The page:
A master at presenting unexpected and sometimes dark stories through his music, Giriboy invites listeners on a slow spiral into the depts of isolation and desperation in avante. The rapper’s ninth album explores the severing of ties from a number of perspectives—with a lover, with the past, with fame, with having to feel. The two title tracks placed at the start and end of this ninth album cannot be more different in their delivery, but they string together a story of uncertainty that closes in resignation. avante might sound a tad too heavy for some, but its lyrical brilliance and solid list of featuring artists and producers makes it a worthy listen.

Giriboy opens the doors to the universe of avante on a sombre note. Even with an album title like avante, which means forward, the lyrics to “Lion” and “No Tomorrow” are far from optimistic. The title of “Lion” in Korean, “사자” (sa-ja), can also mean corpse, and Giriboy makes full use of this pun. The track begins with grim lyrics describing one being born like a lion, living like a pig, and stuffing oneself full like a dog. The lyrics illustrate a cutthroat society one has to endure, pushing forward day by day. The heavy beats feel threatening and the track closes with Giriboy rapping about taking slitting someone’s throat like a lion or on the contrary, be the corpse who has their throat slit. The album title and its dreamy sky-blue cover might seem whimsical, but the opening to this world is far from it.

In the same vein, “No Tomorrow” featuring Lil Boi and Nafla describe the hustle that comes with fighting for success. It is definitely not a cheery tune, but Lil Boi and Nafla dish out some sweet lines with their smooth rap flow. If anything, this track reminds listeners of how brilliant these two featuring artists are despite their infrequent releases.

Cold and ruthless in the images they conjure, these two tracks describe the severance of human warmth in the strive for success. This grimy opening sets the stage for the remaining songs, which thread a sombre storyline of abandonment and unrequited affections. The title track, “You Turned Around,” produced in collaboration with Gray, comes with a cinematographic MV to match its brilliant lyrics. “You Turned Around” is certainly more upbeat, but the MV makes the sense of inescapable suffocation clear. From exceedingly small rooms and being trapped in a car filled with paper, to getting cramped in a phone box and squeezing through narrow doors, the MV gives its protagonists no space to manoeuvre.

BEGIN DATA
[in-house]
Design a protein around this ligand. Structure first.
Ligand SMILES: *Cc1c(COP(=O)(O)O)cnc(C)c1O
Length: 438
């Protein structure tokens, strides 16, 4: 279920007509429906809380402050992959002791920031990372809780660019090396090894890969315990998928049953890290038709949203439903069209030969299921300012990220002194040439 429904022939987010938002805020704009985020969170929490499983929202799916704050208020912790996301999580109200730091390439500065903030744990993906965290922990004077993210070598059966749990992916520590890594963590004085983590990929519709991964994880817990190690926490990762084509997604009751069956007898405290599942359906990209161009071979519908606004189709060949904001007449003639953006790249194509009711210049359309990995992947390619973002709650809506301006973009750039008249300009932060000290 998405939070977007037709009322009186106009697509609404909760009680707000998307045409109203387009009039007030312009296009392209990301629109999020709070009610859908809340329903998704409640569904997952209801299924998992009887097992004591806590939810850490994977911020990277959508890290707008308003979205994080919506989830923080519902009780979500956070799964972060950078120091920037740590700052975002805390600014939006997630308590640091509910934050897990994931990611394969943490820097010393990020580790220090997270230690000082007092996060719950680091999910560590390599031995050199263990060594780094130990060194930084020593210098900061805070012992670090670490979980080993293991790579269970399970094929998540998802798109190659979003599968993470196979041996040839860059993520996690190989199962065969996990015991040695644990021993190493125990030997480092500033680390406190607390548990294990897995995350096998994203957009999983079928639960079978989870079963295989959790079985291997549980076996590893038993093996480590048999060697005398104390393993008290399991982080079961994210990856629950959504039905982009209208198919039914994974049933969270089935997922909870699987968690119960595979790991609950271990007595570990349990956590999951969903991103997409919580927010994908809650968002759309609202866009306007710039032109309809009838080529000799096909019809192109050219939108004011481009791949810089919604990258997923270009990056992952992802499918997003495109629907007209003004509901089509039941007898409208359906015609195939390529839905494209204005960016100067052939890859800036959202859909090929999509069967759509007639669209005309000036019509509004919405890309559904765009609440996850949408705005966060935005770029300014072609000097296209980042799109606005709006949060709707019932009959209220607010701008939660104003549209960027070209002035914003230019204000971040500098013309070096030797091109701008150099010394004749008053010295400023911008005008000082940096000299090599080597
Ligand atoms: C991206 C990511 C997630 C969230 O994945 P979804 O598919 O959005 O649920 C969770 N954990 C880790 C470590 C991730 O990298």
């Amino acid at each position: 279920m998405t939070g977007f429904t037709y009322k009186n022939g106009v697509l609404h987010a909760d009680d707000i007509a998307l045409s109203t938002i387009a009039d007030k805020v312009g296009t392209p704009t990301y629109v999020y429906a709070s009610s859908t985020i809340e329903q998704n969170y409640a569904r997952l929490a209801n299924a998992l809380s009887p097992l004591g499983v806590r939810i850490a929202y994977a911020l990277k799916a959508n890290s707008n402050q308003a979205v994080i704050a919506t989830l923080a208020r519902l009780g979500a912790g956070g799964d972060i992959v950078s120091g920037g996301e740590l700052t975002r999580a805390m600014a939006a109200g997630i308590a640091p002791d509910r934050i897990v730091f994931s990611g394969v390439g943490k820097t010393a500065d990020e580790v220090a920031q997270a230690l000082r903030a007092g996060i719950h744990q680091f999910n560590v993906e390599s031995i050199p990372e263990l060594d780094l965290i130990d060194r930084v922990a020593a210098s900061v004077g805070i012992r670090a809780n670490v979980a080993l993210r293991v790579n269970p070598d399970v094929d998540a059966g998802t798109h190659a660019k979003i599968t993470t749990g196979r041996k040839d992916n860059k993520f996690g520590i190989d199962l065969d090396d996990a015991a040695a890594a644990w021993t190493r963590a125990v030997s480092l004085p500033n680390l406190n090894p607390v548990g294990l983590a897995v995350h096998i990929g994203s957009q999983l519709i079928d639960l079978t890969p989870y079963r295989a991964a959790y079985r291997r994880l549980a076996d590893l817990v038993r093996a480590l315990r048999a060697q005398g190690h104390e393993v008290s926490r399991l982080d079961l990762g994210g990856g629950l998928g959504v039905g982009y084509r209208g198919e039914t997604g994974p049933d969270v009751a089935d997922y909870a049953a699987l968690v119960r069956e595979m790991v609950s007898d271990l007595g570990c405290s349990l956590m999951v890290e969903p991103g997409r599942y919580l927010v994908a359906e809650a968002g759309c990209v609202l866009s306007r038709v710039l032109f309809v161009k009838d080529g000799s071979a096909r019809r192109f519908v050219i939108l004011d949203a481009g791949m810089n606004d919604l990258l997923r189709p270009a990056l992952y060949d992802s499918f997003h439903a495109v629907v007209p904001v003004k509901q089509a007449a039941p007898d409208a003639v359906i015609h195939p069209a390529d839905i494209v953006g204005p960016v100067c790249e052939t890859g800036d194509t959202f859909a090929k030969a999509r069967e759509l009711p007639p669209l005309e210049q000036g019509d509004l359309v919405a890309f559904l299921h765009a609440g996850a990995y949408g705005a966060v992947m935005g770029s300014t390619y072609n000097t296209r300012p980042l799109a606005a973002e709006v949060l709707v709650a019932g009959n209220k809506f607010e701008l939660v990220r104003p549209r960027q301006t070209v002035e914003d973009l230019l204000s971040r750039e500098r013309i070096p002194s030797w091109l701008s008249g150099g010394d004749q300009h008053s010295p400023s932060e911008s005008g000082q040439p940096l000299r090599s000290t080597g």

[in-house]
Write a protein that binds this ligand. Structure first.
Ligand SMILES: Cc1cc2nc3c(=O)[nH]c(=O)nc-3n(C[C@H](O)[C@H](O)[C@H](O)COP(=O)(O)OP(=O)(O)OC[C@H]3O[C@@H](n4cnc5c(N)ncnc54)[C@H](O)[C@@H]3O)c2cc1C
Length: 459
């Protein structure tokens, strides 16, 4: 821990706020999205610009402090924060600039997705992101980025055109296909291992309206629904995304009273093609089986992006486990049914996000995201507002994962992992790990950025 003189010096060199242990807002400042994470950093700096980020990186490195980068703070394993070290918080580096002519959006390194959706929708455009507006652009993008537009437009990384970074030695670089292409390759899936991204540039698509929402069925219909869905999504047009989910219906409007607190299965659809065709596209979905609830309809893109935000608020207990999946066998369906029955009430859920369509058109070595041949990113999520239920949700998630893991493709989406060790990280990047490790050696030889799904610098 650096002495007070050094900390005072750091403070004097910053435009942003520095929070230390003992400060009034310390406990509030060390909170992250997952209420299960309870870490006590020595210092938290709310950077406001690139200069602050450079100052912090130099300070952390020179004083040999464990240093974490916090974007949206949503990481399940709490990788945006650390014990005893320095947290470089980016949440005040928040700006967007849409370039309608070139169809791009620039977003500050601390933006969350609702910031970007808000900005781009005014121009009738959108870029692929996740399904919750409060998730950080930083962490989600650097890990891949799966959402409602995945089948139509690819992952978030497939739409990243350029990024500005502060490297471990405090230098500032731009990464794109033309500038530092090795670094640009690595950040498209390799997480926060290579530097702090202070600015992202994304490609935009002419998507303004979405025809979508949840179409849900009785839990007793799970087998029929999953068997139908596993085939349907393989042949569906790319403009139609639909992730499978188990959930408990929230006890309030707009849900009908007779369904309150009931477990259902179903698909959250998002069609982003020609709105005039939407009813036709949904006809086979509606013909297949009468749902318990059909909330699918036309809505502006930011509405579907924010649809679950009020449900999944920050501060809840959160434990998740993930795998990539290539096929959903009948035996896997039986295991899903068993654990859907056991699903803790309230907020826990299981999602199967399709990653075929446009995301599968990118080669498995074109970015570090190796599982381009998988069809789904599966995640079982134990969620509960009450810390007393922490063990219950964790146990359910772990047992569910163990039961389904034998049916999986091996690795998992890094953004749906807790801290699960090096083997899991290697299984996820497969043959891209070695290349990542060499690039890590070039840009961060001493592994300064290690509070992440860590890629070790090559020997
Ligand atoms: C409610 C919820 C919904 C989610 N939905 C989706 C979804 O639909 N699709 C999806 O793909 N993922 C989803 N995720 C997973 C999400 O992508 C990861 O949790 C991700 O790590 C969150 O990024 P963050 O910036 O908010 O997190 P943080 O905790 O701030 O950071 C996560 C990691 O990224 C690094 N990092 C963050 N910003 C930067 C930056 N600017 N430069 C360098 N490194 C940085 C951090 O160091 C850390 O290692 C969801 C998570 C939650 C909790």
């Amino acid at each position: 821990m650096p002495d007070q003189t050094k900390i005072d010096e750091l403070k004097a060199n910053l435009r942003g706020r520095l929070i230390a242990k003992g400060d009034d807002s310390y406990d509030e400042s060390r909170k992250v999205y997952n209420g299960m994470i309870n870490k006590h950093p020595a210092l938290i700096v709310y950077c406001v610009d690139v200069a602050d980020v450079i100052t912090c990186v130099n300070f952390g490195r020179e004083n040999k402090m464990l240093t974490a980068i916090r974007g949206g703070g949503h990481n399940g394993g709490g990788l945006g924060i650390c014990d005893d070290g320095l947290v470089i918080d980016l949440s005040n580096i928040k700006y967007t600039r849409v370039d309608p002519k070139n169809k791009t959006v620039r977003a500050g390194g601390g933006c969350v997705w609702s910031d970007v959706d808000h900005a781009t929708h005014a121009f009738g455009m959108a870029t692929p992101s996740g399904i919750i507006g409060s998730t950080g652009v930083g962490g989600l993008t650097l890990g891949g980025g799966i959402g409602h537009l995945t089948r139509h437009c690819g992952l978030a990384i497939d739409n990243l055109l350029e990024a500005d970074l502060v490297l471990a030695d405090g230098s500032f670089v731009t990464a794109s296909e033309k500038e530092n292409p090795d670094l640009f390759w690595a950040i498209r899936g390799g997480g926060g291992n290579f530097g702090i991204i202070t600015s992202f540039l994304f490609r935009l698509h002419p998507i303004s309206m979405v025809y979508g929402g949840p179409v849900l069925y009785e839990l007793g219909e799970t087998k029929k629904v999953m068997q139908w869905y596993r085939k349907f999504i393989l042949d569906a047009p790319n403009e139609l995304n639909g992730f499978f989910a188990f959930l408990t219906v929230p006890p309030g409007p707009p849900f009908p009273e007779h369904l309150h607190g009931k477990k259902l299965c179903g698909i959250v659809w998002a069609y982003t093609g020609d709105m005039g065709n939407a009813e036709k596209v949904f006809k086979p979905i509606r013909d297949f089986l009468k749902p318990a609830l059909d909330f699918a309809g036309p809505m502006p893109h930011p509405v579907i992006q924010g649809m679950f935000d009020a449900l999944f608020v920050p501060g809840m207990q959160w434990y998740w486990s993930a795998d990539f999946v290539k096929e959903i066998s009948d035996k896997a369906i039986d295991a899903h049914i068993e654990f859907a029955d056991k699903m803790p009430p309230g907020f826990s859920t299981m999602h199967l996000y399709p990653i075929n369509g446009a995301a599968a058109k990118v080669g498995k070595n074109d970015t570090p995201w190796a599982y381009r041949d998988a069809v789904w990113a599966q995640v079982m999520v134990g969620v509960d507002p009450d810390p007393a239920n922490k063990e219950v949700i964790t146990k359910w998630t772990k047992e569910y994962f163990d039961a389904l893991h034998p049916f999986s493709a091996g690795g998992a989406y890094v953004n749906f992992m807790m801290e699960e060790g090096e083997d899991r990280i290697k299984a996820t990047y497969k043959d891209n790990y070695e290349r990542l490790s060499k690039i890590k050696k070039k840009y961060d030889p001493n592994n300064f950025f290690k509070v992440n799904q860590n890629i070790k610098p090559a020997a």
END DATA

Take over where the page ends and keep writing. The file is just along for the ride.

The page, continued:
The question then would be what caused this strangulating atmosphere. The answer, perhaps, lies in the lyrics: “I liked you a lot, as if it was my last love / We went all in, but lost them all.” It seems as though both protagonists had pent up too much in trying to strive beyond what would be a healthy relationship. Sadly, they end up exploding in each other’s faces. The MV captures both Giriboy and Lee Youmi stare blankly at their reflections in the mirror yelling back at themselves, as well as Giriboy getting slapped in the phone booth. The MV then executes a spectacular move of having both of them look briefly back at each other as they brush shoulders while walking past each other to match the lyrics, “You turned around / You walk straight away from me.”

Instead of having a loved one turn back fondly, “You Turned Around” presents a tragic breakup that leaves both parties shattered. Not only have they clamped up too much within themselves and turned away from their own frustrations, they end up being estranged from each other. Attempts at communicating or even yelling seem fruitless, as nothing meaningful can reach anyone else outside the echo chambers of each individual’s mind (or rooms in the MV). Beyond lovers, the harrowing image of endless rows of isolated rooms seems to imply how detached present society feels. Suffocating yet unable to find mutual understanding, the end to these two protagonists feels like an analogy for human relations as a whole:

I am dumbstruck by your words that are replaying in my mind
I’m here, miserable, huh